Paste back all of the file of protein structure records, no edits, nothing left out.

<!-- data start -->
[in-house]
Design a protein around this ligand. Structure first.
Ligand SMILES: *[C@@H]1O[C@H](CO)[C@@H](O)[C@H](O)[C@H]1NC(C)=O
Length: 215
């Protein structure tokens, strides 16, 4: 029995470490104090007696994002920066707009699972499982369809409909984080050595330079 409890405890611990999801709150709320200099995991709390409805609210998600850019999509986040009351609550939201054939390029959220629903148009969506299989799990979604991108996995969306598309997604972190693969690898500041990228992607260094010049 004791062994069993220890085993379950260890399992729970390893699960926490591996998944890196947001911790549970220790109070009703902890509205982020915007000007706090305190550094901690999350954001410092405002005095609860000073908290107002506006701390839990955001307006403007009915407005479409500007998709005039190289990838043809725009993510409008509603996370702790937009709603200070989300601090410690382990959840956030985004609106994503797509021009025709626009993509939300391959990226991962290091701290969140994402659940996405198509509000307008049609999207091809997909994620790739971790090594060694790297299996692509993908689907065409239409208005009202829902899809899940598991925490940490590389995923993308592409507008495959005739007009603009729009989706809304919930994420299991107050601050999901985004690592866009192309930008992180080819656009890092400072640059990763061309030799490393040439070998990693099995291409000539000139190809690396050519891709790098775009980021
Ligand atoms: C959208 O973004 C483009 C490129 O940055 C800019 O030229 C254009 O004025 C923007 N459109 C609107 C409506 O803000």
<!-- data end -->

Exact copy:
[in-house]
Design a protein around this ligand. Structure first.
Ligand SMILES: *[C@@H]1O[C@H](CO)[C@@H](O)[C@H](O)[C@H]1NC(C)=O
Length: 215
């Protein structure tokens, strides 16, 4: 029995470490104090007696994002920066707009699972499982369809409909984080050595330079 409890405890611990999801709150709320200099995991709390409805609210998600850019999509986040009351609550939201054939390029959220629903148009969506299989799990979604991108996995969306598309997604972190693969690898500041990228992607260094010049 004791062994069993220890085993379950260890399992729970390893699960926490591996998944890196947001911790549970220790109070009703902890509205982020915007000007706090305190550094901690999350954001410092405002005095609860000073908290107002506006701390839990955001307006403007009915407005479409500007998709005039190289990838043809725009993510409008509603996370702790937009709603200070989300601090410690382990959840956030985004609106994503797509021009025709626009993509939300391959990226991962290091701290969140994402659940996405198509509000307008049609999207091809997909994620790739971790090594060694790297299996692509993908689907065409239409208005009202829902899809899940598991925490940490590389995923993308592409507008495959005739007009603009729009989706809304919930994420299991107050601050999901985004690592866009192309930008992180080819656009890092400072640059990763061309030799490393040439070998990693099995291409000539000139190809690396050519891709790098775009980021
Ligand atoms: C959208 O973004 C483009 C490129 O940055 C800019 O030229 C254009 O004025 C923007 N459109 C609107 C409506 O803000």